At the time, Colorado was one of five states that sent mail-in ballots to every registered voter. And as the only Democratic secretary of state from a place that offered the option to every citizen, Griswold became one of the leading experts defending the practice. She was a frequent guest on cable news programs and was regularly quoted in national media outlets, in which she discussed the nuances of signature verification and maintaining accurate data on voters’ mailing addresses. She also wasn’t afraid to confront politicians she believed were misleading the public, even going so far as to threaten to refer Trump to the Colorado Attorney General for prosecution because of his role in encouraging voter fraud.
The November 2020 election in Colorado tallied the state’s highest voter turnout in history, with more than 86 percent of registered and active voters (close to 3.3 million people) casting ballots, and there was no evidence of widespread voter fraud. But Republican claims that the election was rigged for President Joe Biden and other Democrats continued across the country, eventually leading to the January 6 insurrection at the U.S. Capitol.
In Colorado, the effort to delegitimize the vote manifested itself most overtly on the Western Slope. In May 2021, Mesa County clerk and recorder Tina Peters allowed unauthorized people to access voting equipment and to attend a software security update. One individual made copies of the hard drives and posted photos of the machines online. A Mesa County grand jury subsequently indicted Peters on multiple charges related to the breach, and Griswold worked with county commissioners to put former Secretary of State Williams and county treasurer Sheila Reiner in charge of the region’s 2021 and 2022 elections. “It’s pretty clear,” says Griswold, “I’ve had to address situations that no other secretary of state had to at the time.”
Griswold, who grew up in Estes Park and attended the Carey Law School at the University of Pennsylvania, did have some experience with election work before running for secretary of state: She served as a voter protection attorney in Colorado for Barack Obama’s 2012 presidential campaign. Still, after completing Emerge Colorado, a program that recruits and trains Democratic women who want to run for office, in 2017, her decision to seek the role was considered bold. “For someone who has never held elected office before to run for statewide office—that takes a huge leap of faith,” says Laurie Simonson, who went through Emerge with Griswold and currently serves as Leadville’s city administrator.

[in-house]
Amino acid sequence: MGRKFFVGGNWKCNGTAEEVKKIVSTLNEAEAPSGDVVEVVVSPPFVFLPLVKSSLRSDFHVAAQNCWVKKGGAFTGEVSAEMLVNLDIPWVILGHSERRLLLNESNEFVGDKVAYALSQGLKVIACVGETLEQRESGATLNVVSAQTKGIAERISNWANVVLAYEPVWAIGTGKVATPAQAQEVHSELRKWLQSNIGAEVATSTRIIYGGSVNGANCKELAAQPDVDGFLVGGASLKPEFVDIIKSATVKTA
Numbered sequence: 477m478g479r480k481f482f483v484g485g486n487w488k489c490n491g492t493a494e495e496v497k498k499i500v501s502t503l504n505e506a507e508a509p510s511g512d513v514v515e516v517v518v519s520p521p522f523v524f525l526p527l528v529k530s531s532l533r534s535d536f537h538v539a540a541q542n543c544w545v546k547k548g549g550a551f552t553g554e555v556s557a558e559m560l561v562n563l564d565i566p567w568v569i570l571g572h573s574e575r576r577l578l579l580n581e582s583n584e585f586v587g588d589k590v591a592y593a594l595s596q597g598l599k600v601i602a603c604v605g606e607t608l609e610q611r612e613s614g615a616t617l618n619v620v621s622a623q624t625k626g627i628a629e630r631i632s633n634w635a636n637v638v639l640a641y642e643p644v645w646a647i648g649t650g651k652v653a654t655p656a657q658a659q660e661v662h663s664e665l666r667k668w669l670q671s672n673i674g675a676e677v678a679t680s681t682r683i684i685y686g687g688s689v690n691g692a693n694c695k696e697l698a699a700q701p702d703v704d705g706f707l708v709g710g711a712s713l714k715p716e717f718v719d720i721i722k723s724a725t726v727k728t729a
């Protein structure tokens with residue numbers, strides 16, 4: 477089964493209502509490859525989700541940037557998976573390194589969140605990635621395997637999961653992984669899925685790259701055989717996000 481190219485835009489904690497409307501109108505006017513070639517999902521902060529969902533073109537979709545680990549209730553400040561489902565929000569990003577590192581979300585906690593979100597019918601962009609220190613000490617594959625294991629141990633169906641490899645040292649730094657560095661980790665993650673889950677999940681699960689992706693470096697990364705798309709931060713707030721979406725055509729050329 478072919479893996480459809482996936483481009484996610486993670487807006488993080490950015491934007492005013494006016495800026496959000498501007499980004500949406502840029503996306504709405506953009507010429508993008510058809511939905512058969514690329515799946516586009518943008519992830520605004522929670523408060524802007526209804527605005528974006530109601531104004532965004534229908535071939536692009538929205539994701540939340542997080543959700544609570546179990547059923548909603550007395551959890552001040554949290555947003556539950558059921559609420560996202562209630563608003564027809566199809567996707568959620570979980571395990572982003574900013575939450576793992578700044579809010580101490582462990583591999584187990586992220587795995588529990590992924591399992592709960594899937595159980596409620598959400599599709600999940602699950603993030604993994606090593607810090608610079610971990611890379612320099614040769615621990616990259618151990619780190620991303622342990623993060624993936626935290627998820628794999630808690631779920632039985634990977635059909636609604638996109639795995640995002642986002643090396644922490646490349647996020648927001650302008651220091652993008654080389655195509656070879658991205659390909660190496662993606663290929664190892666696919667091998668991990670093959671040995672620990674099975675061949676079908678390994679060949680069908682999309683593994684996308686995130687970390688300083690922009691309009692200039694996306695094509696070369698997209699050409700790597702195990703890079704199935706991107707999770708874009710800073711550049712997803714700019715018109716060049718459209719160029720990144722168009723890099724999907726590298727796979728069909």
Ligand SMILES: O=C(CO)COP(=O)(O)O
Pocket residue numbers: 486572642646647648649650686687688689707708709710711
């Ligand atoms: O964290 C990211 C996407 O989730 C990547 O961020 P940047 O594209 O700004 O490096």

Griswold’s ambition has continued to be a topic of conversation—and consternation—during her time in office. While a variety of never-before-seen factors have propelled her into the spotlight, political observers believe she has sought attention to benefit her own goals. “She sees her position as a springboard to higher office,” Eric Sondermann wrote in Colorado Politics this past January. “Her press releases are non-stop. She has a nose for divisive, polarizing issues and eagerly seizes upon them.”
In 2019, for example, Griswold decided to no longer authorize the use of state money to fund travel to Alabama after the state’s governor signed a law effectively banning all abortions. Griswold had Planned Parenthood vet the news release announcing the boycott—a decision she defended by arguing that it’s appropriate to consult experts in the field. “She used her office to make her opinion known, instead of just saying it as an individual,” says Fremont County clerk and recorder Justin Grantham, a Republican who is also president-elect of the Colorado County Clerks Association. “It just feels like the office has taken on some political avenues that have nothing to do with elections or business or keeping records.”
Williams, Griswold’s predecessor, agrees with Grantham’s assessment of Griswold’s 2019 announcement regarding Alabama and suggests that secretaries of state should be wary of wading into political fights, given that they hold the keys to election administration. “When I became secretary of state, I scaled back my involvement on the partisan side significantly,” says Williams, who notes he had previously served as the El Paso County co-chairman for George W. Bush’s presidential campaign. “I think it is part of what people expect a secretary of state to do.”
Denver County clerk and recorder Paul López, on the other hand, says there needs to be more nuance involved with how election officials can express their views. “Being political and chiming in on issues is a little different from directly supporting issues or candidates that are on the ballot,” says the Democrat. “Are you trying to directly influence things people are voting on in the election? Then there might be an issue.”
Griswold is unapologetic for how she has defended Colorado elections, even after receiving a cavalcade of death threats from election deniers. “When the right to vote is imperiled, we should say that,” she explains. And she says she doesn’t regret taking stances on other issues, such as abortion. “I think it’s important that elected officials speak out for our freedoms,” she says. “There aren’t enough women in office. I think 72 percent of Congress right now is male. They aren’t speaking out.”
Griswold adds that she believes her age and gender shape the criticism of her. “I am the first Democratic woman to hold this position and the 10th woman to ever win statewide executive constitutional office since we were a territory,” she says. “That means my style is going to be different. How I communicate is going to be different. How I look is going to be different.” The voters of Colorado will cast their ballots on whether they like those differences this fall.